Travel-writer Ute and her fiction-writing husband, Jerry, take a slight detour on their trip down the South American pacific coast to check out a little-documented coastal village, Puerto Seco, as well as the newly-opened national park nearby. Looking for local accommodation, they’re directed by a travelling salesman to an eco-resort that doubles as an animal sanctuary – the eponymous Villa Pacifica. While Jerry works on a new story, Ute sets about researching the area for her guide-book. She investigates the history of the Villa and its owners and explores Puerto Seco, getting to know residents and tourists alike, all the while growing increasingly disturbed by the peculiar atmosphere of the place. When the El Nino storms hit the coast, the travellers are trapped and tensions rise: infidelity, murder and madness quickly follow.
Villa Pacific’s cover blurb sells the novel as ‘seductive and unsettling’; I’d probably substitute ‘unsatisfactory and tedious‘. The premise is appealing, if not the most original: a mismatched posse of travellers and locals are penned into a weird little tropical resort in the middle of a creepy storm, and things start to go awry. It’s Cluedo crossed with Bel Canto, with a dash of Jurassic Park (the endangered animals) – not to mention Hotel California, when Ute starts to realise that the calendar in Villa Pacifica seems eerily out of synch with that of the outside world. There’s nothing much wrong with this mix, and though I found the prose a little clunky and over-expository, I hoped it would all take off in some unexpected direction – or at least that a faintly familiar scenario might be endowed with some sparkle by some memorable characterisation. That didn’t happen. The plot – slight as it is – doesn’t pick up any speed until the very end (and then it gets ludicrous) and in the meantime the endless back-and-forth between the characters only serves to illustrate how one-dimensional and stereotyped they are. There’s the self-confessed lazy Mexican, the fun-loving Australian backpackers, the obnoxious American businessman and the wise old native woman. Had enough? How about the sexy labourer, the unfaithful husband and the hippy breast feeder? Ute spends her time wandering between the resort and the village and thinking about visiting an artists’ colony up a hillside in the national park, but there’s no particular reason for the reader to care whether or not she gets material for her book – nor does she seem especially bothered about it herself. Furthermore, Ute, the travel writer and our de facto eyes and ears in this close third-person narrative, fails to sell the country, the ocean, the resort or the jungle. The ’giant plants’ were ‘chlorophyll green’; the water is warm ’like soup’. When you compare this description of the South America landscape with Ann Patchett’s recent effort, State of Wonder, it’s left really wanting. And the descriptions of her emotional state are hardly any better. Ute develops a crush on one of the resort’s employees and decides all she wants is to be with him, to ’be released from herself, from her fears, from her desires.’ Meeting him accidentally at breakfast, she thinks ’she had always been terrible at flirting and being in a secure relationship for so long had crushed the last stalks of womanly artfulness out of her.’ Well, the last stalks of my tolerance for clichéd literary devices were crushed out of me when Jerry, Ute’s husband, announces he‘s writing a story called ’Villa Pacifica’. If the creepiness hinted at by Kassabova – the Hotel California time-loop plot – had paid off sooner, and I hadn’t had to wade through over two hundred pages of low-level bickering and non-action first, I might have forgiven some unimaginative or downright silly metaphors along the way, but in fact, by the time it all does go haywire, I was thoroughly bored.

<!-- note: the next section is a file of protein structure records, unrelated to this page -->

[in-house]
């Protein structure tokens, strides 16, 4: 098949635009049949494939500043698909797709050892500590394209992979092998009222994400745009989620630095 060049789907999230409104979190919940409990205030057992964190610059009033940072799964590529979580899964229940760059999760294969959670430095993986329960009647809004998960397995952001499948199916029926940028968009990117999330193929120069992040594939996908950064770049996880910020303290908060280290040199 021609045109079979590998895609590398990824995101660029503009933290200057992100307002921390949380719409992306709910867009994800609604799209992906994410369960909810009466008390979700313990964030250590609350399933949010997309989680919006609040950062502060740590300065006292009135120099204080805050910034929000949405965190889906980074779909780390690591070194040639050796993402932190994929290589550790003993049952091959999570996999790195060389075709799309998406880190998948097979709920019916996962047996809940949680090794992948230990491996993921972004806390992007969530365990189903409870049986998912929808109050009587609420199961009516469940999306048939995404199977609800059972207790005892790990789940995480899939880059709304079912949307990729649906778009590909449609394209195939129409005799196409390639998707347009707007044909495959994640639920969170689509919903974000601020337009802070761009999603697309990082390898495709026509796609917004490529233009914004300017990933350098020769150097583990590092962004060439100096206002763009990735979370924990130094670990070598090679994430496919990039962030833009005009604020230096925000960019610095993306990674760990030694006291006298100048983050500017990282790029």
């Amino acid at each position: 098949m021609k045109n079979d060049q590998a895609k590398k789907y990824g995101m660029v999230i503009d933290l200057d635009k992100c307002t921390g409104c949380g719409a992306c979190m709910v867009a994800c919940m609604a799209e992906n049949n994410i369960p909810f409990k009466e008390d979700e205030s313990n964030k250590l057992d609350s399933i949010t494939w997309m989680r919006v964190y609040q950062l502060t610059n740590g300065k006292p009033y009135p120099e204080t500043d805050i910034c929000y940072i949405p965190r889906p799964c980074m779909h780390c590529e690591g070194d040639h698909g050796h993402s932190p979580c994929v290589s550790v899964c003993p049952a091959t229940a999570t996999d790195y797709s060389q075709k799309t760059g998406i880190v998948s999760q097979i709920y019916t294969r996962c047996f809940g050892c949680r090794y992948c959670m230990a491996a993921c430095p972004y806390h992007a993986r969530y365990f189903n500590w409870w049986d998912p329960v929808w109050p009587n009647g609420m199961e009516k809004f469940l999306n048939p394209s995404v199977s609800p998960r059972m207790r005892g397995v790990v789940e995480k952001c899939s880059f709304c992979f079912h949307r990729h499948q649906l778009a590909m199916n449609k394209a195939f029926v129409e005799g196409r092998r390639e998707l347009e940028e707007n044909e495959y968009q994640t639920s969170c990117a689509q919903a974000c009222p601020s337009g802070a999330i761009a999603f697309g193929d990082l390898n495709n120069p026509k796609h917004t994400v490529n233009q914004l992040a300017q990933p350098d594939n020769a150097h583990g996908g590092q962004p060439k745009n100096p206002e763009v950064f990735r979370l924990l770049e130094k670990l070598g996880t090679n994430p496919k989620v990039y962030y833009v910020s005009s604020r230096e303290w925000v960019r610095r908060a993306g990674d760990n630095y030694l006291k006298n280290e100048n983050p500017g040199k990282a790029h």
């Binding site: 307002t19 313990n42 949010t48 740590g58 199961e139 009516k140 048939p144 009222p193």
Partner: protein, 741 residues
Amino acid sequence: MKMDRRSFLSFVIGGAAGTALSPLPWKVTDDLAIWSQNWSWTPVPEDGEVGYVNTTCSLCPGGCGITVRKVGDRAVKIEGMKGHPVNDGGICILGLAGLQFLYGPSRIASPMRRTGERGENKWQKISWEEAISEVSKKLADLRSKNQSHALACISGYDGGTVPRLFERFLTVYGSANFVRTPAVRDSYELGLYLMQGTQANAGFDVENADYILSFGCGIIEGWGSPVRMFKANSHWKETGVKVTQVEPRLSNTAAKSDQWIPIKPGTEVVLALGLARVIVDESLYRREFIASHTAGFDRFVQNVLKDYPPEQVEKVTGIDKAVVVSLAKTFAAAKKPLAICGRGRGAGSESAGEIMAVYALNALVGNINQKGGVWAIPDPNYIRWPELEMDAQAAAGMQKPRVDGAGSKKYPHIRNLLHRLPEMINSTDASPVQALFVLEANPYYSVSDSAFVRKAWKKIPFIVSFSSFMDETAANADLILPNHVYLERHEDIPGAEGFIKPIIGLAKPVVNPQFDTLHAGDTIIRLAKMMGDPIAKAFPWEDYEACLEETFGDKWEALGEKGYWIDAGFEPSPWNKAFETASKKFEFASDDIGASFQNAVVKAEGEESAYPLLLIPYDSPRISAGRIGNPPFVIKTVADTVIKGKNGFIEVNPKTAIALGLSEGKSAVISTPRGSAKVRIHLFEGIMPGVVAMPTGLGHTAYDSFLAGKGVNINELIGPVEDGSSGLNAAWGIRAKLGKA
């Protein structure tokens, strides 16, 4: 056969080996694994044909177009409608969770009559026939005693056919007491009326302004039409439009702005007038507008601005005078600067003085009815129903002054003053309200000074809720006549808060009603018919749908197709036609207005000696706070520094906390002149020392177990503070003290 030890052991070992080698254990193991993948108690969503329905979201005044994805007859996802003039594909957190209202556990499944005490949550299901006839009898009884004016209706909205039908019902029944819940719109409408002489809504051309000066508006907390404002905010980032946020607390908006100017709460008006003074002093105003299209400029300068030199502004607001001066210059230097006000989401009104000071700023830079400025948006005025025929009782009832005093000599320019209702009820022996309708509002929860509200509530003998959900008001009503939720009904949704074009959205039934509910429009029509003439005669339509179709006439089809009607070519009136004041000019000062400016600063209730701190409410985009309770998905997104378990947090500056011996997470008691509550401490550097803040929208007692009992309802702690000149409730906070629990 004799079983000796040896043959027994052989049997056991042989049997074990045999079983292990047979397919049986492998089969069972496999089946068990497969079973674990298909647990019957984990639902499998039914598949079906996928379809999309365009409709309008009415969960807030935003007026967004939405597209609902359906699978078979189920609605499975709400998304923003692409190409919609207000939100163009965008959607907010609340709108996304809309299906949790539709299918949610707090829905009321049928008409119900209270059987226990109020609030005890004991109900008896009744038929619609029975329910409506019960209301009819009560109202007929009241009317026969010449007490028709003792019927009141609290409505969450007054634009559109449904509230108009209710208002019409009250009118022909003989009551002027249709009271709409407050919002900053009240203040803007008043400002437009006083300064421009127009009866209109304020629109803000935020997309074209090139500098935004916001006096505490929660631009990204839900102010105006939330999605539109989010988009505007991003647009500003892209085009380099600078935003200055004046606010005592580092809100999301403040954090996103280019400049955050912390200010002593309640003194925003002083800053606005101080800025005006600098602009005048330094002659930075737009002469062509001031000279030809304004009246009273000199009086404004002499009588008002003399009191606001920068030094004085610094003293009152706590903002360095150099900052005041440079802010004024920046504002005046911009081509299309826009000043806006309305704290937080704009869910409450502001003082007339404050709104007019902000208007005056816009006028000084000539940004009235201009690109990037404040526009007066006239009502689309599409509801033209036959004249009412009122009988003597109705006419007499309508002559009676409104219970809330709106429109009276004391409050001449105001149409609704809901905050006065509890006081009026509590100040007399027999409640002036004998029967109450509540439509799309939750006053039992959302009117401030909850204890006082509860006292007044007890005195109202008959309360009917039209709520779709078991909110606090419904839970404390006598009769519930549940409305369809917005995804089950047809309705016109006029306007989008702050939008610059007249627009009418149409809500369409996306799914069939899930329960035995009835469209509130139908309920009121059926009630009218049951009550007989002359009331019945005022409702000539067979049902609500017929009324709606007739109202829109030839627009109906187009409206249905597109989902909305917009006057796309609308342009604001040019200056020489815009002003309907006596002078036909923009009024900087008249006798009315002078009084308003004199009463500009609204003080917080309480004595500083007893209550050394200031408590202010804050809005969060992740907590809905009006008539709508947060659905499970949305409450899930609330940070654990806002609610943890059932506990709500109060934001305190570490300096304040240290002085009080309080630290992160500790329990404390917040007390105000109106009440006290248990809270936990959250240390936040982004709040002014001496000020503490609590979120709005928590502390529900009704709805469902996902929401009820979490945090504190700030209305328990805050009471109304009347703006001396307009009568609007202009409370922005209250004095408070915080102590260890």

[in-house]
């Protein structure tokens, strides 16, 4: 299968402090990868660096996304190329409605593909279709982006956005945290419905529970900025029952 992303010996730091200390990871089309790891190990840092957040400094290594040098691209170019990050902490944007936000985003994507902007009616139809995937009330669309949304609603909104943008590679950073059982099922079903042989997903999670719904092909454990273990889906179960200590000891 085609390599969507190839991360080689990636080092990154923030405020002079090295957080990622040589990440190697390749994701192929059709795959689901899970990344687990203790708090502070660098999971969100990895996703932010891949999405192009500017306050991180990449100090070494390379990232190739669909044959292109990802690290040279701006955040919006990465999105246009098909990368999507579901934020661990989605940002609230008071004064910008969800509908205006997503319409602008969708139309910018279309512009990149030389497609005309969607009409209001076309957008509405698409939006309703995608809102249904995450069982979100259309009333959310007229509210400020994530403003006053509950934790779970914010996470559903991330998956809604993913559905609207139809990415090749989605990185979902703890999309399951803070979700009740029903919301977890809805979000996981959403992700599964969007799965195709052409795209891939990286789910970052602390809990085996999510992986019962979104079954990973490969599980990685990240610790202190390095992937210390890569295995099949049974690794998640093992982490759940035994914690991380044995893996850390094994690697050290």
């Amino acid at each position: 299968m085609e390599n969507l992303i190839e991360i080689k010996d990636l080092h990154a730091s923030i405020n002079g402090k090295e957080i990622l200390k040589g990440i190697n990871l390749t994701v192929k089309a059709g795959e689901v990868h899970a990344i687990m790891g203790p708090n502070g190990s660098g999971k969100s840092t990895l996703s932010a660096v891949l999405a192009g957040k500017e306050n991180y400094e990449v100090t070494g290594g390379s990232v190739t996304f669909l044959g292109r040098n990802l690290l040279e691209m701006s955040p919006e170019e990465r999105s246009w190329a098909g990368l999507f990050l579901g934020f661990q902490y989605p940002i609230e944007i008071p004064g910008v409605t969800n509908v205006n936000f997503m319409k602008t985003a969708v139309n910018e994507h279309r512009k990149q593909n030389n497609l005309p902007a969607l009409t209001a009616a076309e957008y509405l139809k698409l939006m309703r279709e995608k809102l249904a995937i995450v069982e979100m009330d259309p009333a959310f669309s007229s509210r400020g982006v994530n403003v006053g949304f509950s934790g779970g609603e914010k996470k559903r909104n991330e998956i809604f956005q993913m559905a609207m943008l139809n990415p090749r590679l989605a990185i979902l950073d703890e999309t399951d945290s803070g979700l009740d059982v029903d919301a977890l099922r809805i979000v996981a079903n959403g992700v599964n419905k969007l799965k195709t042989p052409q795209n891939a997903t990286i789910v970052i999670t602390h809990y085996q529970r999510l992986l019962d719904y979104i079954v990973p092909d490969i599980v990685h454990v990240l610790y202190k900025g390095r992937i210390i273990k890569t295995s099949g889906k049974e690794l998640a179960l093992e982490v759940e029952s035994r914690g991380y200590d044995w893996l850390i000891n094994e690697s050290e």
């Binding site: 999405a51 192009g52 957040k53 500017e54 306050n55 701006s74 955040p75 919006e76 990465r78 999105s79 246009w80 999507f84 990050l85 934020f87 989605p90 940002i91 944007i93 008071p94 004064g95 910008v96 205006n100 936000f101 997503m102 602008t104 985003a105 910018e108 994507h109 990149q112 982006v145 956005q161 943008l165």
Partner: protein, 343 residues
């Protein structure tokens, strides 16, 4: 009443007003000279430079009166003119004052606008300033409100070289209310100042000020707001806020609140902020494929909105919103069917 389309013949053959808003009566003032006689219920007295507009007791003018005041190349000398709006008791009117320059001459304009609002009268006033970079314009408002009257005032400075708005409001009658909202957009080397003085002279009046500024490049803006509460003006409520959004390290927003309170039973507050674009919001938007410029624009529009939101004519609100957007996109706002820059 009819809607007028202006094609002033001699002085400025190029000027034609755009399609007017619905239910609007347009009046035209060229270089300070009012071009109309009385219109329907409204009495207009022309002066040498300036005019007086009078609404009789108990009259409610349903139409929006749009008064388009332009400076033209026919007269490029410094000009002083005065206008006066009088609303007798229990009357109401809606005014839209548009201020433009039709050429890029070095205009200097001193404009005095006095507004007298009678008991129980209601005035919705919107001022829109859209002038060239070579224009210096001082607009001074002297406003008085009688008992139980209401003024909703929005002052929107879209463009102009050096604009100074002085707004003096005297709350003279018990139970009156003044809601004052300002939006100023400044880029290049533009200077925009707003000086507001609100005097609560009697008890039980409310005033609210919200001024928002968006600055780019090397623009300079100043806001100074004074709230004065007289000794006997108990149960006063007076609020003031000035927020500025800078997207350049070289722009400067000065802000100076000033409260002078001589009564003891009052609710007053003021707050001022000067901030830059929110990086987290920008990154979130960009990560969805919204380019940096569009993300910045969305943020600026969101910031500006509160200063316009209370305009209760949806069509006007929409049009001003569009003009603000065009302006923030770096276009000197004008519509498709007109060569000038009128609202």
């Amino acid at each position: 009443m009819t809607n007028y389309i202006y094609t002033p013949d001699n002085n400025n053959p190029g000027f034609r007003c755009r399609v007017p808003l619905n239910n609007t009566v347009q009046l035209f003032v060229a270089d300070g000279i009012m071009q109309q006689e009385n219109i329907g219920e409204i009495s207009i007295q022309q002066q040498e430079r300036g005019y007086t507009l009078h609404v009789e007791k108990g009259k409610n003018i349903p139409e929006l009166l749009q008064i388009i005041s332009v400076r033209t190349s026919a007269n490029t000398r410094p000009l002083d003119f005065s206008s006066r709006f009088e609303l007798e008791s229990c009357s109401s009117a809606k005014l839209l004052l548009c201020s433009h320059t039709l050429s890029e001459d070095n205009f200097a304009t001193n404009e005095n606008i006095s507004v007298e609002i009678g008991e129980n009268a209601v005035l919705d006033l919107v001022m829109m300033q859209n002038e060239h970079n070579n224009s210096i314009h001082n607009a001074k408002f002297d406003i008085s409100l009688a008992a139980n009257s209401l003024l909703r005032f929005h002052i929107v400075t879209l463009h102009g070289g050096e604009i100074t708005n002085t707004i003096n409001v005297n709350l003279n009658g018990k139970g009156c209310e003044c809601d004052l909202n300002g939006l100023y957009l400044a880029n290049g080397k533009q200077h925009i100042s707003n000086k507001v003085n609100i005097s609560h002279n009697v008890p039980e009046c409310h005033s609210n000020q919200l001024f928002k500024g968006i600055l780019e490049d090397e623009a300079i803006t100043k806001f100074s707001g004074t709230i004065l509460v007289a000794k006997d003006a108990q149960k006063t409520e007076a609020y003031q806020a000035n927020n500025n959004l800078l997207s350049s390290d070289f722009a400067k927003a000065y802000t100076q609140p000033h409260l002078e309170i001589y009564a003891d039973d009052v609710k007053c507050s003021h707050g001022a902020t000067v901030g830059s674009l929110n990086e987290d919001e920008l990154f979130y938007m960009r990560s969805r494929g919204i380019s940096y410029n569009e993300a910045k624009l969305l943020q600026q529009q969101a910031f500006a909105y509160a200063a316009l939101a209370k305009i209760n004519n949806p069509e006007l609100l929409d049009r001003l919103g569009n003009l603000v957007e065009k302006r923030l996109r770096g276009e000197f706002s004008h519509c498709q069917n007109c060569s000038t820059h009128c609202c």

Any Cop?: I guess if you’re a sucker for anything with a hint of magical realism or weirdness to it, then you’ll get a mild kick out of this. Otherwise, it’s overlong and underwhelming.